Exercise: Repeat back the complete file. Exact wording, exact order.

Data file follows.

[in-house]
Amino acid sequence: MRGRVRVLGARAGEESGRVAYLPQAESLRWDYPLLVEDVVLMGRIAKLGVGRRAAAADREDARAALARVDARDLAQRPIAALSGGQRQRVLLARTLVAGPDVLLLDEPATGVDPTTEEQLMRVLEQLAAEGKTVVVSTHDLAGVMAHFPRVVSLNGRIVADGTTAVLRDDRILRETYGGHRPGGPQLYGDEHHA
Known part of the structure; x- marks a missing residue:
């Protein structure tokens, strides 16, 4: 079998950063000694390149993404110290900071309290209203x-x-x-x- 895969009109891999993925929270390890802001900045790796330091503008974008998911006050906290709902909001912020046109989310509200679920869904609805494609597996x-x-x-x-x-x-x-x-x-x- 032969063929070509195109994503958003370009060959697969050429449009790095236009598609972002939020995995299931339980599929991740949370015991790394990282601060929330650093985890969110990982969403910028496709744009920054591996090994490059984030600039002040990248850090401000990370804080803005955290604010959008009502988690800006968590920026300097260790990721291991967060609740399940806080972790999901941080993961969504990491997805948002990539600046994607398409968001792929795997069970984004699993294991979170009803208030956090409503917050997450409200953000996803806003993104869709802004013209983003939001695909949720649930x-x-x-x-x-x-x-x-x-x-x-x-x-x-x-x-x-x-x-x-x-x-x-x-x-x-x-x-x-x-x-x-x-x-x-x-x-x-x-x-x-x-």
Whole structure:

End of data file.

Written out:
[in-house]
Amino acid sequence: MRGRVRVLGARAGEESGRVAYLPQAESLRWDYPLLVEDVVLMGRIAKLGVGRRAAAADREDARAALARVDARDLAQRPIAALSGGQRQRVLLARTLVAGPDVLLLDEPATGVDPTTEEQLMRVLEQLAAEGKTVVVSTHDLAGVMAHFPRVVSLNGRIVADGTTAVLRDDRILRETYGGHRPGGPQLYGDEHHA
Known part of the structure; x- marks a missing residue:
């Protein structure tokens, strides 16, 4: 079998950063000694390149993404110290900071309290209203x-x-x-x- 895969009109891999993925929270390890802001900045790796330091503008974008998911006050906290709902909001912020046109989310509200679920869904609805494609597996x-x-x-x-x-x-x-x-x-x- 032969063929070509195109994503958003370009060959697969050429449009790095236009598609972002939020995995299931339980599929991740949370015991790394990282601060929330650093985890969110990982969403910028496709744009920054591996090994490059984030600039002040990248850090401000990370804080803005955290604010959008009502988690800006968590920026300097260790990721291991967060609740399940806080972790999901941080993961969504990491997805948002990539600046994607398409968001792929795997069970984004699993294991979170009803208030956090409503917050997450409200953000996803806003993104869709802004013209983003939001695909949720649930x-x-x-x-x-x-x-x-x-x-x-x-x-x-x-x-x-x-x-x-x-x-x-x-x-x-x-x-x-x-x-x-x-x-x-x-x-x-x-x-x-x-």
Whole structure: